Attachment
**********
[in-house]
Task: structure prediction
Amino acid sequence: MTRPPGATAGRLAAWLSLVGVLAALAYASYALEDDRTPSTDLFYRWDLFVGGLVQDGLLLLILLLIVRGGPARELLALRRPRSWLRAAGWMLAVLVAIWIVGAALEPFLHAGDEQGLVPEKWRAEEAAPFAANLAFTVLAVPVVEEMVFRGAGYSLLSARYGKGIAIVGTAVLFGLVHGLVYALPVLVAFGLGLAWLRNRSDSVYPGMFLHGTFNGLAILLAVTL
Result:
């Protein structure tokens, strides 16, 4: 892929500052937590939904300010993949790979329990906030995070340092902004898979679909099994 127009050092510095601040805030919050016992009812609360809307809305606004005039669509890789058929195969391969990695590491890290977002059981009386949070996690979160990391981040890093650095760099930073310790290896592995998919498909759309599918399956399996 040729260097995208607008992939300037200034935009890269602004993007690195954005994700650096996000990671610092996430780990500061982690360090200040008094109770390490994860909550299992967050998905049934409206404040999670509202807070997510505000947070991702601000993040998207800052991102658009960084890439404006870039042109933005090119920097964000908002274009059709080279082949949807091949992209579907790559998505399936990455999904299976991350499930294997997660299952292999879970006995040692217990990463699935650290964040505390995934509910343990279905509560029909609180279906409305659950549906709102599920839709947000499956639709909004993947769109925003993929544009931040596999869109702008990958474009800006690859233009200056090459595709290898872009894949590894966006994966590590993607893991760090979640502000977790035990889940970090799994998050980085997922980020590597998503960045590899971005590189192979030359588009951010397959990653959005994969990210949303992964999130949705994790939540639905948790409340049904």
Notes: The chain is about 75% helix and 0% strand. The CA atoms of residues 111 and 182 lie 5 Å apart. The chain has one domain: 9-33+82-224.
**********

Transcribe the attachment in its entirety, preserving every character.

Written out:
[in-house]
Task: structure prediction
Amino acid sequence: MTRPPGATAGRLAAWLSLVGVLAALAYASYALEDDRTPSTDLFYRWDLFVGGLVQDGLLLLILLLIVRGGPARELLALRRPRSWLRAAGWMLAVLVAIWIVGAALEPFLHAGDEQGLVPEKWRAEEAAPFAANLAFTVLAVPVVEEMVFRGAGYSLLSARYGKGIAIVGTAVLFGLVHGLVYALPVLVAFGLGLAWLRNRSDSVYPGMFLHGTFNGLAILLAVTL
Result:
């Protein structure tokens, strides 16, 4: 892929500052937590939904300010993949790979329990906030995070340092902004898979679909099994 127009050092510095601040805030919050016992009812609360809307809305606004005039669509890789058929195969391969990695590491890290977002059981009386949070996690979160990391981040890093650095760099930073310790290896592995998919498909759309599918399956399996 040729260097995208607008992939300037200034935009890269602004993007690195954005994700650096996000990671610092996430780990500061982690360090200040008094109770390490994860909550299992967050998905049934409206404040999670509202807070997510505000947070991702601000993040998207800052991102658009960084890439404006870039042109933005090119920097964000908002274009059709080279082949949807091949992209579907790559998505399936990455999904299976991350499930294997997660299952292999879970006995040692217990990463699935650290964040505390995934509910343990279905509560029909609180279906409305659950549906709102599920839709947000499956639709909004993947769109925003993929544009931040596999869109702008990958474009800006690859233009200056090459595709290898872009894949590894966006994966590590993607893991760090979640502000977790035990889940970090799994998050980085997922980020590597998503960045590899971005590189192979030359588009951010397959990653959005994969990210949303992964999130949705994790939540639905948790409340049904």
Notes: The chain is about 75% helix and 0% strand. The CA atoms of residues 111 and 182 lie 5 Å apart. The chain has one domain: 9-33+82-224.